Sep 5, 2001 2:56 PM
|Any roadies out there have suggestions to reduce/eliminate chafing? I changed my saddle to a narrow racing profile, and a different material, but haven't tried the new saddle yet; still healing.|
Sep 5, 2001 3:00 PM
|Green tin from the salve section of your local pharmacy or supermarket.
Similar to vaselie which I've also used successfully.
I rub some on the 'taint area as well as next to the jewels.
Avoid hydro seat pads like HFS. They don't breathe.
Sep 5, 2001 3:02 PM
|Thanks, man, for the quick response!|
|re: Chafing problems||jtolleson|
Sep 5, 2001 3:00 PM
|Causes are too varied to count, but you've addressed the main one -- too wide a saddle (or too padded).
Next, good shorts. Real chamois, and TIGHT enough. Extra fabric is a recipe for friction; buying bike shorts is no time to go for the baggy look.
FInally, everyone's got their favorite... Bag Balm, Udder Balm, Chamois Butter. Products that you work into the chamois to make them slippery. You may want to check it out.
|re: Chafing problems||Roy Zipris|
Sep 5, 2001 3:19 PM
|Noxzema or the local drug store generic version; works for me, and is probably cheaper than the other suggested products. Otherwise, I second jtolleson's reply.|
|re: Chafing problems||tr|
Sep 5, 2001 3:30 PM
|I like Assos chamois creme. Good stuff at any good cycling store.|
|Ditto on "the Creme".||look271|
Sep 5, 2001 3:52 PM
|Don't ride without it. Yea, it costs $15 a jar, but a jar lasts me 6 months and my comfort is worth it.|
|Wow.. You guys must be carrying||Dutchy|
Sep 5, 2001 11:41 PM
|some serious baggage "down there":-) I have ridden for about 8 years and have never had saddle sore. The longest I ride is about 5 hrs, but I don't get sore at all. I do have very tight shorts though, maybe this helps as they never bunch up. I assume you guys are all "freeballing" (no jocks on) otherwise this could create friction and saddle sores.
Anyhow good luck with this problem.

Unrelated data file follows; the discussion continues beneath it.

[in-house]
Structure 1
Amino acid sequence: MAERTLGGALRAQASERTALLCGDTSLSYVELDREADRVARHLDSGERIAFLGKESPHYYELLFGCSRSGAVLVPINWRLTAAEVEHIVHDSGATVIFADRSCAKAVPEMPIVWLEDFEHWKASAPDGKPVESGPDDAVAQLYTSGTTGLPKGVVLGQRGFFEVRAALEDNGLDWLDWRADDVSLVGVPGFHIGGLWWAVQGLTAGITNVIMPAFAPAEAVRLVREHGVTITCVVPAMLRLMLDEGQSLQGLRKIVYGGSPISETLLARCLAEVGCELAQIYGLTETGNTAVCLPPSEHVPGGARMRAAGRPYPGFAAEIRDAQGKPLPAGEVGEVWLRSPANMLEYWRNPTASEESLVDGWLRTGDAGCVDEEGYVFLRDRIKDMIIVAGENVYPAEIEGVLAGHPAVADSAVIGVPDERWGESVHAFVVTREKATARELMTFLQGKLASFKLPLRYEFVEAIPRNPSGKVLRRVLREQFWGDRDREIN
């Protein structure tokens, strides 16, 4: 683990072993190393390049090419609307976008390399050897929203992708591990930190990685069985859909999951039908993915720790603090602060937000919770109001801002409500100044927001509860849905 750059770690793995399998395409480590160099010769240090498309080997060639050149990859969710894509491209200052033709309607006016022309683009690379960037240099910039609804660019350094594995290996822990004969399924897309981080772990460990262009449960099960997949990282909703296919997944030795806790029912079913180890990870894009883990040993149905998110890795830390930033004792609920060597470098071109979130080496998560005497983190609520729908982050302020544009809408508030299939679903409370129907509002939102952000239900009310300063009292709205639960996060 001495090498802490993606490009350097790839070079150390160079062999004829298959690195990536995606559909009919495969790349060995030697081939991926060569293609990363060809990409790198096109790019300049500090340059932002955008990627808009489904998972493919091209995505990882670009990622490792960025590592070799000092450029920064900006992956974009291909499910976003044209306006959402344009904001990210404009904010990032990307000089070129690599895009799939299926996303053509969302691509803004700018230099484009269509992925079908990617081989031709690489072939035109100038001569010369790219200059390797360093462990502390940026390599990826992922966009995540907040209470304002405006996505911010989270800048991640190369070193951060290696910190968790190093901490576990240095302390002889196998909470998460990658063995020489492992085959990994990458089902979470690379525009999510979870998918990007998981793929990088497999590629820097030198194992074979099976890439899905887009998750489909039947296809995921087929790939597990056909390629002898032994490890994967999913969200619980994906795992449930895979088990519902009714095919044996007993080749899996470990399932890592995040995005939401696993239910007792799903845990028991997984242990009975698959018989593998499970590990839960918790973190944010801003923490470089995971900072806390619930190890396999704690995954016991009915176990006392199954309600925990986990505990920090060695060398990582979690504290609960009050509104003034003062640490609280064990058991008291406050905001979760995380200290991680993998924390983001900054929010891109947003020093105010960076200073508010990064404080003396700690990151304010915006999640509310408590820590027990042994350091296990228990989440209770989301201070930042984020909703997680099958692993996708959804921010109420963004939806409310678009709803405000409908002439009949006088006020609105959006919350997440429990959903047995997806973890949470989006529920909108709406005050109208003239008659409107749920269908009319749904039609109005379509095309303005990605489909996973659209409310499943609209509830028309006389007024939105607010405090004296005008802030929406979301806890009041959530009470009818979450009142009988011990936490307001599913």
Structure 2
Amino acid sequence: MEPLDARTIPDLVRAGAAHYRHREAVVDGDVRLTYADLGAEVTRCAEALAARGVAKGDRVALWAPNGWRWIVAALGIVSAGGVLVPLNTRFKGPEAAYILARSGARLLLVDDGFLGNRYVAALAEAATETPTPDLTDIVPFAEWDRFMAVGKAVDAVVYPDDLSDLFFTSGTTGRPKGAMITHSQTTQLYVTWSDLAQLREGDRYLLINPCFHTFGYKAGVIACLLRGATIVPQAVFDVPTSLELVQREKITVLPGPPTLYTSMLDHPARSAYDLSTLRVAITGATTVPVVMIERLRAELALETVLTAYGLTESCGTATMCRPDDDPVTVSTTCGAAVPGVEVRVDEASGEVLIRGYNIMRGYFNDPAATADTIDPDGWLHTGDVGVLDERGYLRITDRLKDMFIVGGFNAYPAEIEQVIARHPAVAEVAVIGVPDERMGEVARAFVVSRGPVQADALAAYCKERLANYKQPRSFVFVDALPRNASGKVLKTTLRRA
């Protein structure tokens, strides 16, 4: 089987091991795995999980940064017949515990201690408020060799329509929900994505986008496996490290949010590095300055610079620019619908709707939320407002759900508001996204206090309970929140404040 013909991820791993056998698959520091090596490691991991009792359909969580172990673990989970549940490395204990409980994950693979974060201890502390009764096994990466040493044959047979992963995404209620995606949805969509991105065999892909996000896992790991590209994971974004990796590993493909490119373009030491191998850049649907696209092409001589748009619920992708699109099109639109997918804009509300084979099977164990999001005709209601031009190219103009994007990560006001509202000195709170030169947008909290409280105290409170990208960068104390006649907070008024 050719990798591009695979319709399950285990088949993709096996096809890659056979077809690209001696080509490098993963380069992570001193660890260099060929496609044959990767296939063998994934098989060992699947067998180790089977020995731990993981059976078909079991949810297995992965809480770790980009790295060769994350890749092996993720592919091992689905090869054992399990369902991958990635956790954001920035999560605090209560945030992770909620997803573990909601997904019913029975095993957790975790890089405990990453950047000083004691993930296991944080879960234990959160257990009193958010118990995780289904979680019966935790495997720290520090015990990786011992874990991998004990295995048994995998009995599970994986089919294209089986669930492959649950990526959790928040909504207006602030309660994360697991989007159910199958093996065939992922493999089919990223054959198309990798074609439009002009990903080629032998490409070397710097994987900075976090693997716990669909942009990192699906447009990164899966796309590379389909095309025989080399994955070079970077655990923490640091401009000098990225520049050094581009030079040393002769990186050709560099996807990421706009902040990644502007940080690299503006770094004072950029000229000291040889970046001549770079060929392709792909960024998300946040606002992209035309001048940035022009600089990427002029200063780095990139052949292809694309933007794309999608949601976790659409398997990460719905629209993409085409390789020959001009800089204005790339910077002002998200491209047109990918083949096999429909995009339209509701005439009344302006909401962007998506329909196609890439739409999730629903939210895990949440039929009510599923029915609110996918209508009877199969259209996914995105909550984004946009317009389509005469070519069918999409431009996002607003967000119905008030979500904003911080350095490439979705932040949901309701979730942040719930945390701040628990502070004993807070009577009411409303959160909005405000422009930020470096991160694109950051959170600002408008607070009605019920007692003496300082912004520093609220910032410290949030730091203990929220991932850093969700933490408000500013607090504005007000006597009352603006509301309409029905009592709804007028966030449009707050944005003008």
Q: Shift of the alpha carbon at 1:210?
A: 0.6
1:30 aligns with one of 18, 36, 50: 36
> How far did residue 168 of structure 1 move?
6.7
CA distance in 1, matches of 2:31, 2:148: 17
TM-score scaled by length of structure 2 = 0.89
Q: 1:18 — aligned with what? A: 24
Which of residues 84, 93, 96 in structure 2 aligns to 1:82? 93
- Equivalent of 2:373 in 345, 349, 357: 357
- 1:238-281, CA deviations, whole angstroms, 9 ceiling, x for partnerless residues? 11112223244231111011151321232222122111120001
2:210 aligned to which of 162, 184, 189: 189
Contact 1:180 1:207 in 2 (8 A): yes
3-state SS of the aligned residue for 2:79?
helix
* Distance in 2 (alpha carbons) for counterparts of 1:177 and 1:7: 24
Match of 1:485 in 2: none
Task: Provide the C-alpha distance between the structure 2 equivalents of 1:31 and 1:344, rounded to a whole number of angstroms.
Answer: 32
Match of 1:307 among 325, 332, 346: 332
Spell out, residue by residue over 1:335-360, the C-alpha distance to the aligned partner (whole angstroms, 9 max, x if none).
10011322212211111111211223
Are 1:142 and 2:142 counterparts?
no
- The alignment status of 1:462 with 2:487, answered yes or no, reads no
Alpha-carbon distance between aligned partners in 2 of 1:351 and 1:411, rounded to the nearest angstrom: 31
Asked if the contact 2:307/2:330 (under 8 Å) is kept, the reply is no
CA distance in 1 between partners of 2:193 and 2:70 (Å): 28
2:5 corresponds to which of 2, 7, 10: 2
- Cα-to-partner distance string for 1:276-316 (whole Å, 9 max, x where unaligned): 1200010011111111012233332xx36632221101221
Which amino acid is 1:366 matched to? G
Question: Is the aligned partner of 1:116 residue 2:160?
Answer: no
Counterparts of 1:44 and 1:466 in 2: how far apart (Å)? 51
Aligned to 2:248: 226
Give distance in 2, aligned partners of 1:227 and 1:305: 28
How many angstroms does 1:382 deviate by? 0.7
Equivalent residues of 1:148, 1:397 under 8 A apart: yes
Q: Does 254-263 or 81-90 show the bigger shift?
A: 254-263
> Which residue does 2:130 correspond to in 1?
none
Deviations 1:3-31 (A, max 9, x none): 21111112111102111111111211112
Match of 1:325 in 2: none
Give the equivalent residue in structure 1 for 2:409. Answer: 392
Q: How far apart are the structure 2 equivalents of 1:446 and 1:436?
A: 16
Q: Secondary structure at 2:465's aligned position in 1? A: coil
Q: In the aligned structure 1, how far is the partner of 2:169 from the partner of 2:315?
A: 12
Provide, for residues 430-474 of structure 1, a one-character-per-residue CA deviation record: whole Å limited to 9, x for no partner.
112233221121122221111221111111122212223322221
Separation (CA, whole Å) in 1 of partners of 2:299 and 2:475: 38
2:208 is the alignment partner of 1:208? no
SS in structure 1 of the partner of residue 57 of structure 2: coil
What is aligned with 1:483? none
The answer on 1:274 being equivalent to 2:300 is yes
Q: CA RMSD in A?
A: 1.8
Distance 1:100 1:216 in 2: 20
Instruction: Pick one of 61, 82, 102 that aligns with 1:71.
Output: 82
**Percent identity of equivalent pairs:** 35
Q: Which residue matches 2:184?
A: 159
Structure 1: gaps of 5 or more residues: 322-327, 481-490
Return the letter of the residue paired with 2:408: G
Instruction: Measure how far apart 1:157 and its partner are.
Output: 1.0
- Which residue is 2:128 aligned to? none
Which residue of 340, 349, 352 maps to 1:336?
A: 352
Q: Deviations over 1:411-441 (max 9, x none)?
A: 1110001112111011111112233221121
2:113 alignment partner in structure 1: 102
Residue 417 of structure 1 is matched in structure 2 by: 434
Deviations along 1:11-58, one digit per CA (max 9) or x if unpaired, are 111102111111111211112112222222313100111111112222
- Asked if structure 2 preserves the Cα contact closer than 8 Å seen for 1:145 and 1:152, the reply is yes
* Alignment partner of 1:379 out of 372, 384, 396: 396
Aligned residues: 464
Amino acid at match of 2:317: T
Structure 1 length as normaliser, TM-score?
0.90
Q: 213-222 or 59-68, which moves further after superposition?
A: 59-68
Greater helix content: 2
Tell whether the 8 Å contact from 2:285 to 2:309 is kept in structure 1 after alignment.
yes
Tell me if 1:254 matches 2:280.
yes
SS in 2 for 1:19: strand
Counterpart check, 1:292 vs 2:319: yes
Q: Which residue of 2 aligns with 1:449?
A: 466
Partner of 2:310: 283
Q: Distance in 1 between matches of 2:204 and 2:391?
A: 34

|Wow.. You guys must be carrying||chandoface|
Sep 18, 2001 11:33 AM
|yeah. i'm packing heat dutchy.|
|Chamois Butt'r from . . .||DCW|
Sep 6, 2001 5:50 AM
Apply small amount to all areas of your nether region that are subject to friction, especially those that have given you problems before. Applying creams to chamois only may not lubricate an area that is being chafed by your shorts and saddle.
Desitin powder is an alternative and is readily available at your local drugstore or supermarket.
To cure chafing, keep area clean and dry while not riding and wear loose u-trou. Stay off bike if possible until healed.
|2nd the Chamois Butt'r, also...||Dog|
Sep 6, 2001 6:40 AM
|I'll second the Chamois Butt'r. I've used it, very liberally, on rides up to 17 hours with practically no chafing. Spread a bunch of it like toothpaste down the middle of the pad and out toward where your sit bones are. For newer shorts, also spread a little around the seams - helps to reduce friction during "break-in". The trick is to then get the shorts on without spreading the Butt'r all over your legs. Nonetheless, this method seems to work better to me than putting it on your skin. It seems to capture more in the pad and last longer.
Also helps to have shorts with a good pad. You may have to try several to find the "best" one for your anatomy.
If you ride daily, get several different kinds of shorts. Each will put pressure and friction in different places, not always concentrating the pressure in the same place.
Smooth surfaced saddles seem to work better to me than rough or grippy surfaces, allowing your shorts to slide smoothly instead of grabbing and bunching up.
|3 rd the Chamois Butt'r, also...||Len J|
Sep 6, 2001 6:50 AM
|however never tried sprreading it on the pad. I rode in Alaska 6 straight days, used it liberally on the skin & had zero problems.
I'll try the pad trick, sounds like a winner.
What do you do for rubbing at other areas then the pad?
Sep 6, 2001 7:01 AM
|Don't recall getting rubbing in other areas. The high friction area for me is right down the middle of the crotch. I use a very narrow saddle, though, a Selle Italia SLR. It's about the skimpiest saddle made, but for some strange reason the most comfortable I've found. Wider saddles, particularly through the middle, tend to bruise my inner thighs and the front parts of my sit bones. If I were getting friction on my thighs, I think I'd try a narrower saddle.
|Good point...||Len J|
Sep 6, 2001 7:07 AM
|My problem has been that I can't find a narrower saddle that is comfortable. The Polink I have can rub a little on the inside of my thighs, only noticable after about 70 miles. My solution has been to put the But'r on this area. Since doing this, I have had zero discomfort. I think the real problem is that the inside upper thigh muscles are/were overdeveloped from running. I can't figure any way to reduce these. Long way of saying that narrower saddles don't work for me.
Another example of how personal saddles are.
Sep 6, 2001 8:04 AM
|I have found that a liberal application of baby powder before I put my shorts on helps. I went through the same thing this summer when I switched to Assos shorts. I use the cream on the pad and baby powder on my crotch and it works great. I ride a Rolls saddle and tried narrower models (Flite, Concor Light) with no success until I found the baby powder. Now I can ride all day in comfort. It made a huge difference for me and I love the shorts now as well. Give it a shot.|| |